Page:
Cause #3 – Monolithic apps are losing to microservices
The reason why we say that iTunes functionality’s issues are not the only reason why the platform was reformed. We also need to take a closer look at global software development trends. If you analyze the actions of other global corporations, Apple’s decision suddenly becomes much clearer.
So, let’s take a look at how the changes in iTunes correspond to modern trends in software development and why it’s a positive thing.
- Microservices architecture becomes much more popular than a typical monolithic approach. It’s better to have small services that do smaller tasks but do them better, than one big platform with multiple purposes but cluttered interface and bugs. Even though iTunes-substitutes aren’t 100% microservices by their architecture, the basic principle is fully conserved.
- Netflix, Uber, Payoneer, and other prominent software providers have already transferred their services to microservices. Even if the update wasn’t that visible as in iTunes case, the general tendency is quite clear. The trend of splitting platforms up will surely continue. Apple, with its history of being one of the most innovative companies, evidently did not stay behind.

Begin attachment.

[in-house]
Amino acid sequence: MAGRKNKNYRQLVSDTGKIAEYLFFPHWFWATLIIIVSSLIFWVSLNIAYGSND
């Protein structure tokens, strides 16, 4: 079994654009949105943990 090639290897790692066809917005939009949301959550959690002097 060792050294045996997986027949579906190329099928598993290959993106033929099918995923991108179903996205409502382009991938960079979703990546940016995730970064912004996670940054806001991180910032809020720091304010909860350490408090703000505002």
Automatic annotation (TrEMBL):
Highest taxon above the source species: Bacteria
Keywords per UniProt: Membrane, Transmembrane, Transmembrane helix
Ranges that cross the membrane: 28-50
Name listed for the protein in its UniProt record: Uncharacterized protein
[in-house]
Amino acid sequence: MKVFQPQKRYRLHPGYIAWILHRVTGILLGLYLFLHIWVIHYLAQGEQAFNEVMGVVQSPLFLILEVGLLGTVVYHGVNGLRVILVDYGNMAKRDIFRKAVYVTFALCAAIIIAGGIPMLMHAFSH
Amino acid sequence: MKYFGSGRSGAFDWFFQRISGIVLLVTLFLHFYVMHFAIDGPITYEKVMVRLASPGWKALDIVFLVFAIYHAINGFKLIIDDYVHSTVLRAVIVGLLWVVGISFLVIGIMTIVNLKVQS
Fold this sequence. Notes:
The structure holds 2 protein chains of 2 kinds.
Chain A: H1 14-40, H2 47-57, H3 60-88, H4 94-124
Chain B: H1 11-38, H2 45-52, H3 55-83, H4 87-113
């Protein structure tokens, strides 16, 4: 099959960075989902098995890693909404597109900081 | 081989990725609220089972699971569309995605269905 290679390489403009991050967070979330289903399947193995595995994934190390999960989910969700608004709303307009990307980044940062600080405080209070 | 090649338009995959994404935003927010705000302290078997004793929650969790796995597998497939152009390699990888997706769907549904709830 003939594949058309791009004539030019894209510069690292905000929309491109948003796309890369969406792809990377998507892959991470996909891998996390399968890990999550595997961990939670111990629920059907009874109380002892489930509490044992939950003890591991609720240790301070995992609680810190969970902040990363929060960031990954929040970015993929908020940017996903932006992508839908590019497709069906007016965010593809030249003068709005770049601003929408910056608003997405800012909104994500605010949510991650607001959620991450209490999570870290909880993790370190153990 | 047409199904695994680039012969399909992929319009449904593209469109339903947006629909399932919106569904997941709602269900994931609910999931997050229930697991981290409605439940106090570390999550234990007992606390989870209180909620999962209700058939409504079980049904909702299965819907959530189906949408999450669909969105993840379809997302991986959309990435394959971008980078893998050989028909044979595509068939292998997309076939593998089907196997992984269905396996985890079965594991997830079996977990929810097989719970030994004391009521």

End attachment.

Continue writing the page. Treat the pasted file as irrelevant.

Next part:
Cause #4 – The changes in music
Streaming was threatening to put an end to the iTunes business model. Users are slowly losing interest in the idea of buying a track to fully own it when they can pay the same amount of money for a monthly fee on a streaming platform. The only difference is, instead of one song, they have the entire plethora of available albums and genres.
As Apple stopped betting on iPod, the perfect iTunes’ business model became much less perfect
The core purpose of iTunes – creating and managing your music library – no longer seems relevant. By splitting the service into three parts, Apple made it easier to introduce innovations and business models. Could be, we are entering the new era of music – we just haven’t been notified what it is yet.
Still, the chances are that these new services will be a net step to some big change in the music market. The entire split idea might be done with a goal to introduce a significant change later on.
Are the new apps living up to the expectations?
Let’s take a look at each of the new services and analyze what features they have inherited from the new platform, and what unique features have been added. Having that said, it’s just a beta version so far – we likely see additional functionality in the official release.
This service looks pretty much like a small version of iTunes. The only difference, it has been stripped down to essential features, leaving out the cluttered interface and multi-layered menus.
This is a new home for your tracks
Here you’ll find all of your iTunes playlists, music videos, subscriptions, and ripped tracks. The app is connected to the iTunes Store and has a built-in CD ripper. The list of supported conversion formats remained unchanged – it’s MP3, WAV, Apple Lossless, AAC, AIFF, and others.